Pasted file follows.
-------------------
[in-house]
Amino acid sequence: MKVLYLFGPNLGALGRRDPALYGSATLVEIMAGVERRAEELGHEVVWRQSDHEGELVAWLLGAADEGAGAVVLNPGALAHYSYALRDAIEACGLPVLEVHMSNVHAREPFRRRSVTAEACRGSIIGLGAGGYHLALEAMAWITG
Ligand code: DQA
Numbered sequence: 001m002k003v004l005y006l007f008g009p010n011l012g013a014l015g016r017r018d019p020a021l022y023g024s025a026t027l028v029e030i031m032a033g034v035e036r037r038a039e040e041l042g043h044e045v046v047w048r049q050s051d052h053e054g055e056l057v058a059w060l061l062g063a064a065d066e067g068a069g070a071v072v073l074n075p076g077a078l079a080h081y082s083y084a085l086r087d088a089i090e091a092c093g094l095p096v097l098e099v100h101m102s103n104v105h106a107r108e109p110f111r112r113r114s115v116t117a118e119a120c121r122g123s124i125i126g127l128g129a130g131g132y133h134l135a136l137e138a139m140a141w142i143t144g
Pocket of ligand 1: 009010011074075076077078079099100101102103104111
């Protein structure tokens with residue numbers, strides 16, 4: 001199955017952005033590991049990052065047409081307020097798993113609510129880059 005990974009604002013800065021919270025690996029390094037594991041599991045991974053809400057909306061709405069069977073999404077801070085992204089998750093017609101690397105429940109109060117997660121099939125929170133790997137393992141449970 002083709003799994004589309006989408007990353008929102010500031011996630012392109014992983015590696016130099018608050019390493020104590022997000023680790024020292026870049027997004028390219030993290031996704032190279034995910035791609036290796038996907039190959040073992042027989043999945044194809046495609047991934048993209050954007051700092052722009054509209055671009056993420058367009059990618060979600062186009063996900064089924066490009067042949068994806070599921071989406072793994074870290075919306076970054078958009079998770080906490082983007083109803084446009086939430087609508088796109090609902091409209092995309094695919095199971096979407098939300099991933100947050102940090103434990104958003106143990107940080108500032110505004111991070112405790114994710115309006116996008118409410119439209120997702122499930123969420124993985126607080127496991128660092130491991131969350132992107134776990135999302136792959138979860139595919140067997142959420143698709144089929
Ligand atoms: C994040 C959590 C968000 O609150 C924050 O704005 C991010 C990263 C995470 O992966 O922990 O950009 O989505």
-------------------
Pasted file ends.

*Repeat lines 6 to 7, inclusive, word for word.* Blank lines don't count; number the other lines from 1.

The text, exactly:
């Protein structure tokens with residue numbers, strides 16, 4: 001199955017952005033590991049990052065047409081307020097798993113609510129880059 005990974009604002013800065021919270025690996029390094037594991041599991045991974053809400057909306061709405069069977073999404077801070085992204089998750093017609101690397105429940109109060117997660121099939125929170133790997137393992141449970 002083709003799994004589309006989408007990353008929102010500031011996630012392109014992983015590696016130099018608050019390493020104590022997000023680790024020292026870049027997004028390219030993290031996704032190279034995910035791609036290796038996907039190959040073992042027989043999945044194809046495609047991934048993209050954007051700092052722009054509209055671009056993420058367009059990618060979600062186009063996900064089924066490009067042949068994806070599921071989406072793994074870290075919306076970054078958009079998770080906490082983007083109803084446009086939430087609508088796109090609902091409209092995309094695919095199971096979407098939300099991933100947050102940090103434990104958003106143990107940080108500032110505004111991070112405790114994710115309006116996008118409410119439209120997702122499930123969420124993985126607080127496991128660092130491991131969350132992107134776990135999302136792959138979860139595919140067997142959420143698709144089929
Ligand atoms: C994040 C959590 C968000 O609150 C924050 O704005 C991010 C990263 C995470 O992966 O922990 O950009 O989505």